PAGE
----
@GoToLoop when I mentioned synchronization of ArrayLists, I was refering to the possiblity of using Collections.synchronizedList(). However, I just learned about the concept and do now understand that this function can be used for every List and that PVector indeed has internal synchronization. Good to know, thanks!

    Basically, I need to destinguish the distance of some cells in an image. Therefore I save high intensity pixels of an image in a list as part of the object Cell. With those pixels I want to:

    • calculate the distance of one cell to another cell
    • easily remove or add pixels based on their value or location

    Therefore, I should have easy acces to the pixels:

    • coordinates
    • location when PImage is loaded (loc = x + y * width)
    • value

    Concluding, if I understand correctly:

    • @jeremydouglass If I use ArrayList< PVector >, I should always look up their value in the PImage before running a statement, although this allows easy determination of their distances.
    • ArrayList< IntList > offers the possiblity of removing and adding items in between the list easily
    • ArrayList< Object > is just as sufficient as IntList but offers the possiblity to also calculate the loc internally: just a little more smooth.

    I think I'll go for the ArrayList type, thanks for clearing up the different List options!

  • edited January 2017 Answer ✓

    and that PVector indeed has internal synchronization.

    Processing's PVector class got no synchronization at all.
    And got nothing to do w/ Java's Vector class either: [-X

  • edited January 2017

    ArrayList is just as sufficient as IntList but offers the possibility to also calculate the loc internally: just a little more smoothly.

    • Class IntList is very close to an ArrayList<Integer>.
    • Both classes got an internal regular array.
    • And both got a method called get() in order to access an indexed value from it.
    • Therefore, index calculation is exactly the same for both containers. ;;)
  • Oh this doesn't work out too nice, I'm sorry. My < Object > and < IntList > dissapeared, since I didnt not use the space in the comment above...

    What I meant was the difference between ArrayList < IntList > and ArrayList < Object > Thus, with ArrayList < Object > I could add the loc = x * y * width once within the class and not during every new ArrayList < IntList > item. Right?

  • edited January 2017

    Just some an alternative approach. How about a class to represent those coords and their corresponding converted index? :D

    Later, you can place them in an ArrayList container. Check it out below: O:-)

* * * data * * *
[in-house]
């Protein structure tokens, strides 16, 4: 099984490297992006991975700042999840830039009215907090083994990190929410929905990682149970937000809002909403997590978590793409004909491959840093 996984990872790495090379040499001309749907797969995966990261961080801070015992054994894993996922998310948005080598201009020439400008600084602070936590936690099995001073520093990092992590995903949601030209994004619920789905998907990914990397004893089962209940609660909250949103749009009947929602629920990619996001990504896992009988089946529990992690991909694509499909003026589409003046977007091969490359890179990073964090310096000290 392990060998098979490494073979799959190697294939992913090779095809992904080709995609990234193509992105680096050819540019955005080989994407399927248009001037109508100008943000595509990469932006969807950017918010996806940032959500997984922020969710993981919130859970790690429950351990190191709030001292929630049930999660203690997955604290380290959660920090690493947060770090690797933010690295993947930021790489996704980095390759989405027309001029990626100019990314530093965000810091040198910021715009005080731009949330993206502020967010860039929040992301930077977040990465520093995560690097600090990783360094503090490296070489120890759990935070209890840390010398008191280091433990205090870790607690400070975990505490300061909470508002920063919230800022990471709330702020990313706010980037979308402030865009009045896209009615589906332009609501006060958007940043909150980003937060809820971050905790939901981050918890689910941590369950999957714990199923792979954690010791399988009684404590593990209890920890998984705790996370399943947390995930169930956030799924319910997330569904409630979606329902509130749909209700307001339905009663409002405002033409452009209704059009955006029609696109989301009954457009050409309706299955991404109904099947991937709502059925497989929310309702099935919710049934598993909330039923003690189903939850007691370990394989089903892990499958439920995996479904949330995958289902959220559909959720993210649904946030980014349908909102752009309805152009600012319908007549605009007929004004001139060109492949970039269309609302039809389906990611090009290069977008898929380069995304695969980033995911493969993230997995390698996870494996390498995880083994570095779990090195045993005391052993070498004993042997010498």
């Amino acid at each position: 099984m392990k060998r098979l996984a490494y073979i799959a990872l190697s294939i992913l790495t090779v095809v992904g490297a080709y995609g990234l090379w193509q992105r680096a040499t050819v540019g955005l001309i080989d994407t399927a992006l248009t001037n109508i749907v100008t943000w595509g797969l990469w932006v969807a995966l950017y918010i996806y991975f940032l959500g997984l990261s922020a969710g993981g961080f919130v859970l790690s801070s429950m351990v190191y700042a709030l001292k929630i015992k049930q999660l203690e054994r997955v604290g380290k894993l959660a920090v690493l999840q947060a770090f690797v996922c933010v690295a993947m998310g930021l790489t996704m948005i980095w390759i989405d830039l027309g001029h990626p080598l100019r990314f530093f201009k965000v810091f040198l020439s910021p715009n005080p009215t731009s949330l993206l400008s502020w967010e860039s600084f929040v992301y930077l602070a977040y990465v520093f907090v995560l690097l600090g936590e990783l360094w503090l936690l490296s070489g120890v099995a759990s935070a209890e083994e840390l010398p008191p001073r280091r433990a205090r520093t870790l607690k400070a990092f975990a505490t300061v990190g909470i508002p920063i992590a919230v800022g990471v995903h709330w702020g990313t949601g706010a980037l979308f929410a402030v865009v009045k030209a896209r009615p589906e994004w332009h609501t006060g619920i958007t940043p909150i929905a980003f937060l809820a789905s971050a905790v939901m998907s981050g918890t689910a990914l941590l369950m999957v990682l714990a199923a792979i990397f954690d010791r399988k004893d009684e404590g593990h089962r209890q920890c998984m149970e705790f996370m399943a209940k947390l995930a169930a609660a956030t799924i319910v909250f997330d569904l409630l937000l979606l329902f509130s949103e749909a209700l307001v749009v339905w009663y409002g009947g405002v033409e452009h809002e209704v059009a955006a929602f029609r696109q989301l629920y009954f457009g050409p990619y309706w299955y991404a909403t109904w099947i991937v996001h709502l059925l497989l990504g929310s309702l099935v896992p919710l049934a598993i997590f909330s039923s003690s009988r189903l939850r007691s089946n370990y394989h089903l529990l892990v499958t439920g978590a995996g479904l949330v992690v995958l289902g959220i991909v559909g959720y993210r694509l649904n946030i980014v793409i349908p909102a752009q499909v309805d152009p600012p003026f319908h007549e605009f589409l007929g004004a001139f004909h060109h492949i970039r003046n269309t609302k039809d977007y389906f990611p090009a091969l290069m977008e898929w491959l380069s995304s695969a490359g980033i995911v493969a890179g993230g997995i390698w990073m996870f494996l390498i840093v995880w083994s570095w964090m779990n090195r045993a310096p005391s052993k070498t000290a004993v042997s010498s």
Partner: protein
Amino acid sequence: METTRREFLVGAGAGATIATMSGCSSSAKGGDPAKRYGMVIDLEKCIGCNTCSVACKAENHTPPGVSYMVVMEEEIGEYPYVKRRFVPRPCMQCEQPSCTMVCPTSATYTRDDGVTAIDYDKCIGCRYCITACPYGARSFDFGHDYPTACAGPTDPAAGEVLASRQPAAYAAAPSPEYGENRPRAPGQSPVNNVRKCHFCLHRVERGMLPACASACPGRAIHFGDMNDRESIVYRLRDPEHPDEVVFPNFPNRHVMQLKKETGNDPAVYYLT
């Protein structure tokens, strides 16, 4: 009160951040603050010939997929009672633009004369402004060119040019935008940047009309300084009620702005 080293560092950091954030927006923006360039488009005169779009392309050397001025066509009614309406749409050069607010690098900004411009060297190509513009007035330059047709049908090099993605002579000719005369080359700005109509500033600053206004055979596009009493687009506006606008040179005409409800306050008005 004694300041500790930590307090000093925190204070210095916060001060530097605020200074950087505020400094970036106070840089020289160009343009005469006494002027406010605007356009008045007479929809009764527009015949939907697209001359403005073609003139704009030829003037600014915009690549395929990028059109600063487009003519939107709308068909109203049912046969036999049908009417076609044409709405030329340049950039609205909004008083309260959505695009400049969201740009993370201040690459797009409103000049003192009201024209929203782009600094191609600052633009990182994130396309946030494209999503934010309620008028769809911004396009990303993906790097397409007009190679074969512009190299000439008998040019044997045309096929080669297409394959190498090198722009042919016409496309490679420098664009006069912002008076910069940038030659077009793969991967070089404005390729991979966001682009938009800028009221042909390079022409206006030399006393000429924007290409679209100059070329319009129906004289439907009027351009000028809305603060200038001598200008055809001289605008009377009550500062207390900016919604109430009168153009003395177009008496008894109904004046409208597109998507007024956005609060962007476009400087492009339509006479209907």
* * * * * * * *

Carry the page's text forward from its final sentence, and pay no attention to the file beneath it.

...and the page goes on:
* Image Indexed Coords (v1.0)
     * GoToLoop (2017-Jan-26)
     * how-to-remove-specific-items-form-an-2d-array#Item_11
    void setup() {
      IdxPixCoord coord = new IdxPixCoord(width).clone();
      coord.setXY(20, 10);
    static class IdxPixCoord implements Cloneable {
      int x, y, w, idx;
      IdxPixCoord(final PImage img) {
      IdxPixCoord(final int w) {
      IdxPixCoord(final int x, final int y, final PImage img) {
        this(x, y, img.width);
      IdxPixCoord(final int x, final int y, final int w) {
        setXY(x, y).setWidth(w).updateIndex();
      IdxPixCoord setXY(final int px, final int py) {
        x = px;
        y = py;
        return this;
      IdxPixCoord setWidth(final int pw) {
        w = pw;
        return this;
      IdxPixCoord setIndex(final int ind) {
        idx = ind;
        return this;
      IdxPixCoord updateXY() {
        x = idx % w;
        y = idx / w;
        return this;
      int updateWidth(final PImage img) {
        return setWidth(img.width).w;
      int updateIndex() {
        return idx = y*w + x;
      @ Override int hashCode() {
        return w << 22 | (y & 0x7ff) << 11 | x & 0x7ff;
      @ Override boolean equals(Object other) {
        if (other == this)  return true;
        if (!(other instanceof IdxPixCoord))  return false;
        final IdxPixCoord o = (IdxPixCoord) other;
        return o.x == x & o.y == y & o.w == w;
      @ Override IdxPixCoord clone() {
        try {
          return (IdxPixCoord) super.clone();
        catch (CloneNotSupportedException ex) {
          throw new RuntimeException(ex);
      @ Override String toString() {
        return "x: " + x + ", y: " + y + ", w: " + w + ", idx: " + idx;
Sign In or Register to comment.